Friday, July 27, 2007

Fun with Type Inference

Recently a co-worker of mine turned me on to the glories of Resharper. Using Resharper to optimize my code I learned that when calling a generic method, it is often not necessary to specify the type, as the compiler will work it out for you. Aside from a little less typing, I hadn't really figured out how this could be useful. Until this week.

I was writing some basic data layer code, adding parameters to a SqlCommand object. A couple of the annoying .NET/SQL Server 'gotchas' reared their heads at me yet again:

1) You can't stick a null value in as a parameter value, it has to be transformed to DBNull.Value; and
2) You can't stick a date of DateTime.MinValue into a DateTime field.

I wanted a generic function that I could simply wrap all of my parameters into, so that I didn't have to specifically remember "oh this is a date field, call this function" or "oh this variable might contain a null, call this function".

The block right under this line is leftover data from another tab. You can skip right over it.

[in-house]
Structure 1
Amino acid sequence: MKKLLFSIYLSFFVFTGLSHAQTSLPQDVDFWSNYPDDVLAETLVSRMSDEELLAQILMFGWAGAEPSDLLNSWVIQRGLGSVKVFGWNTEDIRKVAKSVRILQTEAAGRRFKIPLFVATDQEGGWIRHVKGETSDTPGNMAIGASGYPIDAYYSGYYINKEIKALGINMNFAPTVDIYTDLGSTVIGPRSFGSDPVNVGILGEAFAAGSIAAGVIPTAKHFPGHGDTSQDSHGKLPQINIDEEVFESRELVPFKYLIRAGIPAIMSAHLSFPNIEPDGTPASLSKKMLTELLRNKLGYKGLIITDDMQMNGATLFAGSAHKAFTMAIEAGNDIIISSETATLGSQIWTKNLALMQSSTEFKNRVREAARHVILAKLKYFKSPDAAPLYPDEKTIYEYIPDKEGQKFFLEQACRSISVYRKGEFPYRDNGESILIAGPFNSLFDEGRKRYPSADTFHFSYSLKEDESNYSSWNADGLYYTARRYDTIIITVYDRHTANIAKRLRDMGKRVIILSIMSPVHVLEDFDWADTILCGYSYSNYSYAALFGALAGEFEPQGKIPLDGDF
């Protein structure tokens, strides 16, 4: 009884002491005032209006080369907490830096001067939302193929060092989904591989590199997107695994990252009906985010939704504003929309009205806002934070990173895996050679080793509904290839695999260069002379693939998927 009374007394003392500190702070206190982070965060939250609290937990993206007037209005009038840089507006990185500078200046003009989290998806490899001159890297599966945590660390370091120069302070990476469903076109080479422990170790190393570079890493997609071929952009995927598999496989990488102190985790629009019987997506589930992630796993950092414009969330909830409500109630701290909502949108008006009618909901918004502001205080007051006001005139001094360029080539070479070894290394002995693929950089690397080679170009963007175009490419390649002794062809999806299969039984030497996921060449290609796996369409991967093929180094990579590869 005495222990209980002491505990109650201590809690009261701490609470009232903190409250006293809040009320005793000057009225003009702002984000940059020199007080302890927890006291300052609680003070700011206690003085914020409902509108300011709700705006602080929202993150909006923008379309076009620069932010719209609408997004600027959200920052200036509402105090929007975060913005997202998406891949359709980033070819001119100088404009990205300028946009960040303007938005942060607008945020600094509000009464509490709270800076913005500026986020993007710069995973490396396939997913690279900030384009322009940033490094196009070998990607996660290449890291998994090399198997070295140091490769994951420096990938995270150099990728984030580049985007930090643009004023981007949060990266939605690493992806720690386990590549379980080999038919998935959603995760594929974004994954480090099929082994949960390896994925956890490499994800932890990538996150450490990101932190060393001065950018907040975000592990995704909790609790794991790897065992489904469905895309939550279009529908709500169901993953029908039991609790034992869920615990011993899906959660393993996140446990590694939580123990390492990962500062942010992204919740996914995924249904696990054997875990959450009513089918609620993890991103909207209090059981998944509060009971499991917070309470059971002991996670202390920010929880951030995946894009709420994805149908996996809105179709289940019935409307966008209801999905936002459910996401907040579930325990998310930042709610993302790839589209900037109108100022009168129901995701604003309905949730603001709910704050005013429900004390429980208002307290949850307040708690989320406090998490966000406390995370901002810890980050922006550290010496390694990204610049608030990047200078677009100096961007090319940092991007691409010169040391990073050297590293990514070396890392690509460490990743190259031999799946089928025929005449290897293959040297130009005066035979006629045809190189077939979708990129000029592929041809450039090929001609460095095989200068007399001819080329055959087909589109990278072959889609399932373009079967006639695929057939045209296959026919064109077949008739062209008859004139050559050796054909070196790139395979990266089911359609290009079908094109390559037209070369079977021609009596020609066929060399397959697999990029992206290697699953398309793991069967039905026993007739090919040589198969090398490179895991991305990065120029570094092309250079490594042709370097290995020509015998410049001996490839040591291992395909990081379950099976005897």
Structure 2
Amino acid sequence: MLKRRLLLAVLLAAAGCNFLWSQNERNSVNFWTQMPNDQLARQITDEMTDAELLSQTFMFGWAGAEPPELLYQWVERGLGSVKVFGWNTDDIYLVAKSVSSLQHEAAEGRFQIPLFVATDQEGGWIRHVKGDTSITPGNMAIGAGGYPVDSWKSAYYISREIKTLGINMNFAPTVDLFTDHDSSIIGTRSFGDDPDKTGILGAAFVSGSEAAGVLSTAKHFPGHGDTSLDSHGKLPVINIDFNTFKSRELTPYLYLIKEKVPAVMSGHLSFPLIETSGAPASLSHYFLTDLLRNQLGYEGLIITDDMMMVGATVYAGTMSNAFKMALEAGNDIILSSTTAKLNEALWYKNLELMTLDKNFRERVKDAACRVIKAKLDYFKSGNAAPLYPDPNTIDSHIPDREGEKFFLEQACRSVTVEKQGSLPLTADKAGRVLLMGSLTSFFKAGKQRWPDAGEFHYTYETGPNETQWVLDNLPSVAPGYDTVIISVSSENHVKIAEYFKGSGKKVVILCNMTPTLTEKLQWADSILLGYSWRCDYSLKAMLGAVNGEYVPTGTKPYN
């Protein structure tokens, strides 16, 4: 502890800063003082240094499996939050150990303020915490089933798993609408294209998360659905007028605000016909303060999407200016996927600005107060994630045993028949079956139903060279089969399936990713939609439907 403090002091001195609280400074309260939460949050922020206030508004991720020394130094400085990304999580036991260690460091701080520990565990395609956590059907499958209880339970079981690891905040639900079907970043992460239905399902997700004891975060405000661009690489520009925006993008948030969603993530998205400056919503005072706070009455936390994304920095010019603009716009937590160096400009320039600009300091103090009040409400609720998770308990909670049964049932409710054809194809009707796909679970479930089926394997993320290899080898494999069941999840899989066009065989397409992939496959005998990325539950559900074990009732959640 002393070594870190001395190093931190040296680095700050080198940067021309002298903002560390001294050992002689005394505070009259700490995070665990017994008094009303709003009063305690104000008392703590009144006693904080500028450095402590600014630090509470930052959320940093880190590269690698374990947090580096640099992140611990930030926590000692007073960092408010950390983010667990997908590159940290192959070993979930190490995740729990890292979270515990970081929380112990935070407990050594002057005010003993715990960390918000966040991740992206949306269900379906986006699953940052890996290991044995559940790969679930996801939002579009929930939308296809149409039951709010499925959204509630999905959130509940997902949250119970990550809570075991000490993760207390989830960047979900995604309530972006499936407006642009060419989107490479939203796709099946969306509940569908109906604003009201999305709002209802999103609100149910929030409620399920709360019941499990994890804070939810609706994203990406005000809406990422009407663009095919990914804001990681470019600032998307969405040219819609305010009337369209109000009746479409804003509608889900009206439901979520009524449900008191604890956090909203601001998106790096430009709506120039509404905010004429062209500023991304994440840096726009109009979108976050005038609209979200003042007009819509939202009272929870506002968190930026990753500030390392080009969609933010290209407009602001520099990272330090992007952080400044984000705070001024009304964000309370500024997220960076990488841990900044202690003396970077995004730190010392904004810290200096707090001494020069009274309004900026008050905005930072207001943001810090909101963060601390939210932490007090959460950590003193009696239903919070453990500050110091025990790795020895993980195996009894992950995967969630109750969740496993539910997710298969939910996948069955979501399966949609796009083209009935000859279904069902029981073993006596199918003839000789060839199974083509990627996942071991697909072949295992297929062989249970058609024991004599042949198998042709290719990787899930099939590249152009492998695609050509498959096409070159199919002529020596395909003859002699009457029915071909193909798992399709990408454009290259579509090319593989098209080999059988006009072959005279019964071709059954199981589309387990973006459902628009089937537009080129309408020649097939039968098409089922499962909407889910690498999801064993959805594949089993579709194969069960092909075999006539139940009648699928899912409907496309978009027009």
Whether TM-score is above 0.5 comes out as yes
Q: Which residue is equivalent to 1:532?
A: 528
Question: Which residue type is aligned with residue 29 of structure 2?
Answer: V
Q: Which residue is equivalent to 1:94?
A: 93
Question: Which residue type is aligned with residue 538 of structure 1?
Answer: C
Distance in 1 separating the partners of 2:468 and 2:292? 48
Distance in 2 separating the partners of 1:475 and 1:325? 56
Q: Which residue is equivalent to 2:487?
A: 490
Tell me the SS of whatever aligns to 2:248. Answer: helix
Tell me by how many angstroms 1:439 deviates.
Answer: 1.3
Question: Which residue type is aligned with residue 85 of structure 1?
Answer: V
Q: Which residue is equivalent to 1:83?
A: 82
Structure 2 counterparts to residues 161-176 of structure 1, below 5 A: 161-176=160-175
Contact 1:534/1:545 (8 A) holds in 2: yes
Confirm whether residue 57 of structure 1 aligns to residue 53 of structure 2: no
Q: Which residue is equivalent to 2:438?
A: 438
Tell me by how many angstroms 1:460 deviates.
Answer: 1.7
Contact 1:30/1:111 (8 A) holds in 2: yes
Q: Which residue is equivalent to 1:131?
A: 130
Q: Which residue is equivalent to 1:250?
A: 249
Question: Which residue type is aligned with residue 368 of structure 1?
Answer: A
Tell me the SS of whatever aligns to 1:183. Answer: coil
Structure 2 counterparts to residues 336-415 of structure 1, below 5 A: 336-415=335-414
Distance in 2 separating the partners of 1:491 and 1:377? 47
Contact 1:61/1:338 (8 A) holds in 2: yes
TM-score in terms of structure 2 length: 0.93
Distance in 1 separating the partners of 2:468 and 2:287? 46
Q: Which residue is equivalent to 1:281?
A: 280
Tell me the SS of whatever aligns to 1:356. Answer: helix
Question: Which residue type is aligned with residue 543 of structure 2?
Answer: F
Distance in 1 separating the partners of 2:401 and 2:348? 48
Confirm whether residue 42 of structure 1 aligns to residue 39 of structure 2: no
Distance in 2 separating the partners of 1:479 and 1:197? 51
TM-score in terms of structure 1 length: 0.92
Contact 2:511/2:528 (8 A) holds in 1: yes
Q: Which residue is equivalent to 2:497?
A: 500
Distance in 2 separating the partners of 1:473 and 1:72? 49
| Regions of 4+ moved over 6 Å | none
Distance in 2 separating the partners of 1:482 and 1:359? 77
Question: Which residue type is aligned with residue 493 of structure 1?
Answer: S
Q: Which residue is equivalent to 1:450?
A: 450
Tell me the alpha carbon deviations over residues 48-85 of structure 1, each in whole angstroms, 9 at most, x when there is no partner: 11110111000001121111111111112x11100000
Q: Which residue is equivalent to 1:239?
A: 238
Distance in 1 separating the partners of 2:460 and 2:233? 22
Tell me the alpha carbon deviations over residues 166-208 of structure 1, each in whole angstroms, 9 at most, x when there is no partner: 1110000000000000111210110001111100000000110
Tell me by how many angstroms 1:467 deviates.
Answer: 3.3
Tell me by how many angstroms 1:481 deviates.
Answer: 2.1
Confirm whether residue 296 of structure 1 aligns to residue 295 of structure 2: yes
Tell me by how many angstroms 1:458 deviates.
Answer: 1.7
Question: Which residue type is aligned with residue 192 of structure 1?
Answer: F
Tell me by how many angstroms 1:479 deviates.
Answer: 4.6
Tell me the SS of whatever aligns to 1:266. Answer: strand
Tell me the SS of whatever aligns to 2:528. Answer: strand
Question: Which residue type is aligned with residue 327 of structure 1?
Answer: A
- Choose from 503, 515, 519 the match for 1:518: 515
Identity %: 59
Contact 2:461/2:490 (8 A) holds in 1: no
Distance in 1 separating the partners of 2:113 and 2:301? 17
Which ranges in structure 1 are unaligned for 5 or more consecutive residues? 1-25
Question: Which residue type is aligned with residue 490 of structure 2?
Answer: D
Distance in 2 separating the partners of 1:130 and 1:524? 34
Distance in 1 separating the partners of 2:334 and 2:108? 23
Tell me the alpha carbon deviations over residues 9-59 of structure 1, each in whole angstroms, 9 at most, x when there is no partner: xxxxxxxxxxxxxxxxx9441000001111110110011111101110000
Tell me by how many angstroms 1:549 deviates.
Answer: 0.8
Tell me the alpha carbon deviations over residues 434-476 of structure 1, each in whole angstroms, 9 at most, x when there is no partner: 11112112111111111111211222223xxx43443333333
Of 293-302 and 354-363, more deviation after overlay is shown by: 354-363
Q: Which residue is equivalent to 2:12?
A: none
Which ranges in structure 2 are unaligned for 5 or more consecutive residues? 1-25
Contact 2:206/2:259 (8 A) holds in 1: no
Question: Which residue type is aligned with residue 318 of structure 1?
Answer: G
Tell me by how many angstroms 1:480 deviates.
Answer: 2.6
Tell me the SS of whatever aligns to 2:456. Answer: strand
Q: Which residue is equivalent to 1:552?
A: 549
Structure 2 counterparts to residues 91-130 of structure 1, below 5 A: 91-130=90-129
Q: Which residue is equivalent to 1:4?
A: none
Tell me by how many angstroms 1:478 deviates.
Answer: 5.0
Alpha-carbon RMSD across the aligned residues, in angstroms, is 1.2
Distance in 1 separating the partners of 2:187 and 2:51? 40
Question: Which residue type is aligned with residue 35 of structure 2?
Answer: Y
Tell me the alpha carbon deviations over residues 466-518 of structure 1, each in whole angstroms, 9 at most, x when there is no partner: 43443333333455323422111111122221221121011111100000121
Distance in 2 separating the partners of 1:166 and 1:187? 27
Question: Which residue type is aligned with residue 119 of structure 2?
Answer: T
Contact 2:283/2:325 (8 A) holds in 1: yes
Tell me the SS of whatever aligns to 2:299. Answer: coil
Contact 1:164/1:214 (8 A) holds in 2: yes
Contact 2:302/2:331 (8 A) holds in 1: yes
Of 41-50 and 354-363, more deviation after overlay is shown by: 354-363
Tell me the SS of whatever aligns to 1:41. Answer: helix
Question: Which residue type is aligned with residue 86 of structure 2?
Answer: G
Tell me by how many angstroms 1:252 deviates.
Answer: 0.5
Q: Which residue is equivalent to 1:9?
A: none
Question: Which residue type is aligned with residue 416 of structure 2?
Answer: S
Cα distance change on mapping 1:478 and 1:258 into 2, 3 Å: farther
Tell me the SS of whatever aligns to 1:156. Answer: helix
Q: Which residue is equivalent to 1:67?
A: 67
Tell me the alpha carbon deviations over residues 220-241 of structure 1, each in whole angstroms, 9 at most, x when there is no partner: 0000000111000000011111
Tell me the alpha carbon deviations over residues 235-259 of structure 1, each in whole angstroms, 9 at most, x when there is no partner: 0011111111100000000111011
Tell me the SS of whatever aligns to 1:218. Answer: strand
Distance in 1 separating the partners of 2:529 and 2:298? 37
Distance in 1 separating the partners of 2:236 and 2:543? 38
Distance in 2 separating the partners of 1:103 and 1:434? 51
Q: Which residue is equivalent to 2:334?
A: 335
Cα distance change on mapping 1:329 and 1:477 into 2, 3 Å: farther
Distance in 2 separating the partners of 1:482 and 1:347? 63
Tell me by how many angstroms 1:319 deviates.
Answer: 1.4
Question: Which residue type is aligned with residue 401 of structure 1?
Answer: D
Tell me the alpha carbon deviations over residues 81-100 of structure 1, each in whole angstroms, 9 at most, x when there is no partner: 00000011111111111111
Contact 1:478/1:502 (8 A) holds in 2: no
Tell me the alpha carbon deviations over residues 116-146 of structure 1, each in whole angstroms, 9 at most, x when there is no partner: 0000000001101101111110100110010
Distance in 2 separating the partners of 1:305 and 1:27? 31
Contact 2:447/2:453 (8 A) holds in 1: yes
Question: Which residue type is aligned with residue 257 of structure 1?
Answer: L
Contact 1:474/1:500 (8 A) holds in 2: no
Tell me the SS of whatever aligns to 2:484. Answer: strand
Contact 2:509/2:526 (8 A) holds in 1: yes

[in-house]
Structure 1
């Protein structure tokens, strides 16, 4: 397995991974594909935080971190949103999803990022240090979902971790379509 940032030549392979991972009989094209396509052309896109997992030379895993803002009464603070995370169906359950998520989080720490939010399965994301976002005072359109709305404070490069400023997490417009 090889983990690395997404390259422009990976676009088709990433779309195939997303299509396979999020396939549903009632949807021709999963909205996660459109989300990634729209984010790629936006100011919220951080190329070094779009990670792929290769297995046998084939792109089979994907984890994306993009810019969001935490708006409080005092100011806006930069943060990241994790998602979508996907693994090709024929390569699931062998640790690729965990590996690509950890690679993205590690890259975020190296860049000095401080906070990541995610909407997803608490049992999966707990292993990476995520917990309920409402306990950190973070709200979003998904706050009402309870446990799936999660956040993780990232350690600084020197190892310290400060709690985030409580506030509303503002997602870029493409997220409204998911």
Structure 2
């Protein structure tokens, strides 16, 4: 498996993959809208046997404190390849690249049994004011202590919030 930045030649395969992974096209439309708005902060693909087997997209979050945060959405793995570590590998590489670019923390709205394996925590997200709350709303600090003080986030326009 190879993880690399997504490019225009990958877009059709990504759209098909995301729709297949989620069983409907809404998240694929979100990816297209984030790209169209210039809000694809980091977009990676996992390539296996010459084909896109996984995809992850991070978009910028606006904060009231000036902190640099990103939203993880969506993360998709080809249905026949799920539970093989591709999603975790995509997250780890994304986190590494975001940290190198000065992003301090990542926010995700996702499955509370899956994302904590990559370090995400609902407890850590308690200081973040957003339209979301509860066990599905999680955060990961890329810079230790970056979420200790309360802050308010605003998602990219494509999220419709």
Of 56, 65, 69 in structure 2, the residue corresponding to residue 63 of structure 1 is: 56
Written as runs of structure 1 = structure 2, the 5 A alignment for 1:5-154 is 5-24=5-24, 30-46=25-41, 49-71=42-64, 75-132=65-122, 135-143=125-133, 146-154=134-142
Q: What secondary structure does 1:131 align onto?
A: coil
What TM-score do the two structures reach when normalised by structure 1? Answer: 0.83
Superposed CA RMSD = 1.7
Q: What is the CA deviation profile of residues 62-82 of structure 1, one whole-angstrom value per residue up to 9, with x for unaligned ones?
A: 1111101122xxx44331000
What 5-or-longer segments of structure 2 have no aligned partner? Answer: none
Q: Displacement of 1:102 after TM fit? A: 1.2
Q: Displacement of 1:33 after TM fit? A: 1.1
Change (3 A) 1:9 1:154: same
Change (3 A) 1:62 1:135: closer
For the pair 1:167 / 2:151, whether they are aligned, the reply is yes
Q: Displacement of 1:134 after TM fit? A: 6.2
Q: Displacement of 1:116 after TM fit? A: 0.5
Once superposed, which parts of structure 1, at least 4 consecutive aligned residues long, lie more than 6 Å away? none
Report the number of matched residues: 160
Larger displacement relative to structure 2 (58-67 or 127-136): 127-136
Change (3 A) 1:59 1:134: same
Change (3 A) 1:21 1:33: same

Unfortunately the DateTime comparison can't be used in a generic function, so I needed at least 2 functions, but thanks to overloading and type inference I can still use the same call everywhere. Here are my two functions:

Normally when you call a generic method, you specify the type in the call, such as:

If this were always the case, my calls would differ everywhere, and especially when using DateTime's because the DateTime overload is not generic.

But thanks to Type Inference, I can now write code like the following, without having to care what type of variable I'm dealing with:

No comments: